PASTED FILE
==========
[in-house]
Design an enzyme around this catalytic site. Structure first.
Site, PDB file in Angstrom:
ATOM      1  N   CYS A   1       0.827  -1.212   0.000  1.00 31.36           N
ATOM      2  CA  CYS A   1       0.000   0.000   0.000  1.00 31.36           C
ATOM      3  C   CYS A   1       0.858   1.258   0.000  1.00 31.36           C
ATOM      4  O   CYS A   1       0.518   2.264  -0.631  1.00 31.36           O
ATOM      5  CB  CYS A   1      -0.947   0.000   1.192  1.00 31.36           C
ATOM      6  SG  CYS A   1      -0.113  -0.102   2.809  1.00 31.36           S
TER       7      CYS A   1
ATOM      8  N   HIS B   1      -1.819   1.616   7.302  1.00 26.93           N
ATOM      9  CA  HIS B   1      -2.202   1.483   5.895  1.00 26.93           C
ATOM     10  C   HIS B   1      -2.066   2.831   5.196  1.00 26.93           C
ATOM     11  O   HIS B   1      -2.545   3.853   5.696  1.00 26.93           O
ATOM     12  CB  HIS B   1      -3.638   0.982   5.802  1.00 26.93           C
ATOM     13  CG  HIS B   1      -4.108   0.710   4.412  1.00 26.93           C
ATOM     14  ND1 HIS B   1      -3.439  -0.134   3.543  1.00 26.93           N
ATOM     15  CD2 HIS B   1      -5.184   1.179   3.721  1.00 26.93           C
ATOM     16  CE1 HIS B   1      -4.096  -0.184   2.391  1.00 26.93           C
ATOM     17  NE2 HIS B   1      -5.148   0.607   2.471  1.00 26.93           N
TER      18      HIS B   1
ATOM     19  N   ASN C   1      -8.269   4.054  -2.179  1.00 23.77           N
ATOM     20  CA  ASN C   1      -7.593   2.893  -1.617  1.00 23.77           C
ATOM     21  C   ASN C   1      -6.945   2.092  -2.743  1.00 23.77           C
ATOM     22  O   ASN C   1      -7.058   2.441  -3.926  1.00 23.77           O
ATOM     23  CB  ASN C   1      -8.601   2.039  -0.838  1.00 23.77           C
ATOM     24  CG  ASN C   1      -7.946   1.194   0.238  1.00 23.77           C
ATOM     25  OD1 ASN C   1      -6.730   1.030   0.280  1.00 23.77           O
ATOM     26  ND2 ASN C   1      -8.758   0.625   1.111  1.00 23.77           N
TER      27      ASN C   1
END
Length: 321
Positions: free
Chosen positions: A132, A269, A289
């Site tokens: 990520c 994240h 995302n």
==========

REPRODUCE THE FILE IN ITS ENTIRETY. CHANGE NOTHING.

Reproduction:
[in-house]
Design an enzyme around this catalytic site. Structure first.
Site, PDB file in Angstrom:
ATOM      1  N   CYS A   1       0.827  -1.212   0.000  1.00 31.36           N
ATOM      2  CA  CYS A   1       0.000   0.000   0.000  1.00 31.36           C
ATOM      3  C   CYS A   1       0.858   1.258   0.000  1.00 31.36           C
ATOM      4  O   CYS A   1       0.518   2.264  -0.631  1.00 31.36           O
ATOM      5  CB  CYS A   1      -0.947   0.000   1.192  1.00 31.36           C
ATOM      6  SG  CYS A   1      -0.113  -0.102   2.809  1.00 31.36           S
TER       7      CYS A   1
ATOM      8  N   HIS B   1      -1.819   1.616   7.302  1.00 26.93           N
ATOM      9  CA  HIS B   1      -2.202   1.483   5.895  1.00 26.93           C
ATOM     10  C   HIS B   1      -2.066   2.831   5.196  1.00 26.93           C
ATOM     11  O   HIS B   1      -2.545   3.853   5.696  1.00 26.93           O
ATOM     12  CB  HIS B   1      -3.638   0.982   5.802  1.00 26.93           C
ATOM     13  CG  HIS B   1      -4.108   0.710   4.412  1.00 26.93           C
ATOM     14  ND1 HIS B   1      -3.439  -0.134   3.543  1.00 26.93           N
ATOM     15  CD2 HIS B   1      -5.184   1.179   3.721  1.00 26.93           C
ATOM     16  CE1 HIS B   1      -4.096  -0.184   2.391  1.00 26.93           C
ATOM     17  NE2 HIS B   1      -5.148   0.607   2.471  1.00 26.93           N
TER      18      HIS B   1
ATOM     19  N   ASN C   1      -8.269   4.054  -2.179  1.00 23.77           N
ATOM     20  CA  ASN C   1      -7.593   2.893  -1.617  1.00 23.77           C
ATOM     21  C   ASN C   1      -6.945   2.092  -2.743  1.00 23.77           C
ATOM     22  O   ASN C   1      -7.058   2.441  -3.926  1.00 23.77           O
ATOM     23  CB  ASN C   1      -8.601   2.039  -0.838  1.00 23.77           C
ATOM     24  CG  ASN C   1      -7.946   1.194   0.238  1.00 23.77           C
ATOM     25  OD1 ASN C   1      -6.730   1.030   0.280  1.00 23.77           O
ATOM     26  ND2 ASN C   1      -8.758   0.625   1.111  1.00 23.77           N
TER      27      ASN C   1
END
Length: 321
Positions: free
Chosen positions: A132, A269, A289
């Site tokens: 990520c 994240h 995302n």